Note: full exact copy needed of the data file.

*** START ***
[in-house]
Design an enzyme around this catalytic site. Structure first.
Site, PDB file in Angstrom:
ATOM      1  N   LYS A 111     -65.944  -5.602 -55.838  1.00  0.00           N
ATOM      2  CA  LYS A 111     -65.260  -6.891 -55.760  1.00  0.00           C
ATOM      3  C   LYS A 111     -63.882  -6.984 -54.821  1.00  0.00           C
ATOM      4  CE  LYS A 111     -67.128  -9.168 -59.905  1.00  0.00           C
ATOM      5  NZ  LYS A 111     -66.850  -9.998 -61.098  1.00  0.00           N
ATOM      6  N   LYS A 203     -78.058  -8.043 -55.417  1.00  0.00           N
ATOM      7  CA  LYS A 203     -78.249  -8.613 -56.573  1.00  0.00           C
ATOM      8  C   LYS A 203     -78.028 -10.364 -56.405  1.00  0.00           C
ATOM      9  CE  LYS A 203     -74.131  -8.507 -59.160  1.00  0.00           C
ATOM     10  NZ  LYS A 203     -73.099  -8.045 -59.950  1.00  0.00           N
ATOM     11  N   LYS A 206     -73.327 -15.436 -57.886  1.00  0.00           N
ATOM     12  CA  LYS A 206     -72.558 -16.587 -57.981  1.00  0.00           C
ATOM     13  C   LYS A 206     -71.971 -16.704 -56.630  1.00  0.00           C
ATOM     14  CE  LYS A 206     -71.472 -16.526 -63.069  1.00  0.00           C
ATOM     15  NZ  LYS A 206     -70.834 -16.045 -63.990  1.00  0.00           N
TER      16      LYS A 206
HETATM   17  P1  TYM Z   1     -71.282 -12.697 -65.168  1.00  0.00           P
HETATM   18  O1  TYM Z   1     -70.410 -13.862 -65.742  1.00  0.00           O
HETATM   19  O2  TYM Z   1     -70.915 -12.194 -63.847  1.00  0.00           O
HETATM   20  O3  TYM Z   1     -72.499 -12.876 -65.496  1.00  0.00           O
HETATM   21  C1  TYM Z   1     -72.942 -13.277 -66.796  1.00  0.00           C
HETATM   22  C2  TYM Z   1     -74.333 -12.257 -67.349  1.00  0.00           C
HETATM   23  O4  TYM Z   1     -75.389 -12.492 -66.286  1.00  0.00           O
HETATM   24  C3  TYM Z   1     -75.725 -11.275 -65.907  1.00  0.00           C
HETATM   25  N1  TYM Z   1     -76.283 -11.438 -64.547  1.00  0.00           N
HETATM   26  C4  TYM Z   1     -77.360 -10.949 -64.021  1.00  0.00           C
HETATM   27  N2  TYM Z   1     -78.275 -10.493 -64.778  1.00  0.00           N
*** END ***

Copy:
[in-house]
Design an enzyme around this catalytic site. Structure first.
Site, PDB file in Angstrom:
ATOM      1  N   LYS A 111     -65.944  -5.602 -55.838  1.00  0.00           N
ATOM      2  CA  LYS A 111     -65.260  -6.891 -55.760  1.00  0.00           C
ATOM      3  C   LYS A 111     -63.882  -6.984 -54.821  1.00  0.00           C
ATOM      4  CE  LYS A 111     -67.128  -9.168 -59.905  1.00  0.00           C
ATOM      5  NZ  LYS A 111     -66.850  -9.998 -61.098  1.00  0.00           N
ATOM      6  N   LYS A 203     -78.058  -8.043 -55.417  1.00  0.00           N
ATOM      7  CA  LYS A 203     -78.249  -8.613 -56.573  1.00  0.00           C
ATOM      8  C   LYS A 203     -78.028 -10.364 -56.405  1.00  0.00           C
ATOM      9  CE  LYS A 203     -74.131  -8.507 -59.160  1.00  0.00           C
ATOM     10  NZ  LYS A 203     -73.099  -8.045 -59.950  1.00  0.00           N
ATOM     11  N   LYS A 206     -73.327 -15.436 -57.886  1.00  0.00           N
ATOM     12  CA  LYS A 206     -72.558 -16.587 -57.981  1.00  0.00           C
ATOM     13  C   LYS A 206     -71.971 -16.704 -56.630  1.00  0.00           C
ATOM     14  CE  LYS A 206     -71.472 -16.526 -63.069  1.00  0.00           C
ATOM     15  NZ  LYS A 206     -70.834 -16.045 -63.990  1.00  0.00           N
TER      16      LYS A 206
HETATM   17  P1  TYM Z   1     -71.282 -12.697 -65.168  1.00  0.00           P
HETATM   18  O1  TYM Z   1     -70.410 -13.862 -65.742  1.00  0.00           O
HETATM   19  O2  TYM Z   1     -70.915 -12.194 -63.847  1.00  0.00           O
HETATM   20  O3  TYM Z   1     -72.499 -12.876 -65.496  1.00  0.00           O
HETATM   21  C1  TYM Z   1     -72.942 -13.277 -66.796  1.00  0.00           C
HETATM   22  C2  TYM Z   1     -74.333 -12.257 -67.349  1.00  0.00           C
HETATM   23  O4  TYM Z   1     -75.389 -12.492 -66.286  1.00  0.00           O
HETATM   24  C3  TYM Z   1     -75.725 -11.275 -65.907  1.00  0.00           C
HETATM   25  N1  TYM Z   1     -76.283 -11.438 -64.547  1.00  0.00           N
HETATM   26  C4  TYM Z   1     -77.360 -10.949 -64.021  1.00  0.00           C
HETATM   27  N2  TYM Z   1     -78.275 -10.493 -64.778  1.00  0.00           N